A voice for the voiceless

To the editor:

There are many benefits to a dog park for both the dogs in our community and their owners. The park allows the owner to let the dog run safely off leash. The dog gets the chance to run free as nature intended, allows the dog to more fully exercise and at times socialize with other dogs. The owner gets a change from walking their dog on leash or risking losing a dog off leash. The owner also gets to talk to other dog owners about shared experiences and helpful advice.

In our community, as in most communities, there are some dogs that are seen daily wandering the streets – runaways, neglected dogs, abused dogs and abandoned dogs. A dog park is a statement by the community that we care about these often neglected animals. Perhaps a dog park would also help create an awareness of the many dogs in local shelters needing a home. By raising public awareness of the ways the community supports dog ownership, perhaps more people would adopt a shelter dog. The dog park would give some dogs a little better life. Benches would allow owners to rest and still watch their dogs exercise.

I can envision such a park eventually leading to training and agility programs, frisbee tournaments, and other social gatherings and festivals for dog owners and dog lovers to participate in, further promoting the well being of dogs in our community. This could result in an unanticipated business benefit to the community. Certainly not the prime motivation for a dog park, but a potential benefit arising out of doing a selfless good deed: helping and promoting the welfare of dogs in our community and the people caring for them.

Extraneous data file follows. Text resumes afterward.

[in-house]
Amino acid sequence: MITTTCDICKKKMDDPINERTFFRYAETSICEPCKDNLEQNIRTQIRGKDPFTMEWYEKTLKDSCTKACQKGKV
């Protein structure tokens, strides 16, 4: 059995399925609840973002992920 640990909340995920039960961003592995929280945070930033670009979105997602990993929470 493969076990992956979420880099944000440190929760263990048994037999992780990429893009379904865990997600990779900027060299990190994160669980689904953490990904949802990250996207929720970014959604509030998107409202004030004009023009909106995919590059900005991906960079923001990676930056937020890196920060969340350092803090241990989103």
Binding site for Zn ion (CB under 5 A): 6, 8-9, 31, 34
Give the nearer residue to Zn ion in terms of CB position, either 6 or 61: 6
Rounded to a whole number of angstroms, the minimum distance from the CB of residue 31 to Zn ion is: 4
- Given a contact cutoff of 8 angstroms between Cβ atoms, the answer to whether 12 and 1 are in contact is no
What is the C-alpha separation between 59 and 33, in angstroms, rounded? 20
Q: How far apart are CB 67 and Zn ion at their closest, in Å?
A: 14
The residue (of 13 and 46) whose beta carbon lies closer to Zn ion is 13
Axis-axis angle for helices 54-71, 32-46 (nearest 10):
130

Dogs don’t vote in elections. Dogs don’t pay taxes. Dogs don’t voice any complaints. They accept whatever life throws their way. They accept a lifespan of on average only 10 years. In return for our care, they form a bond stronger than most human bonds. I have seen dogs let out of cars in our community, waiting on the side of the road for their owner to return. I have seen dogs wandering our roads hungry or starving. I have seen some of these dogs killed by cars, alive only a few days earlier.

A Portsmouth Dog Park is like giving a small voice to the voiceless, to the precious lives of dogs in our community. By this selfless act of caring, we also add to the meaning of our own lives. We make a collective statement about what we stand for, who we speak for, and ultimately, what is important to us, the Portsmouth community at large.

Norman M. Jacobs, M.D.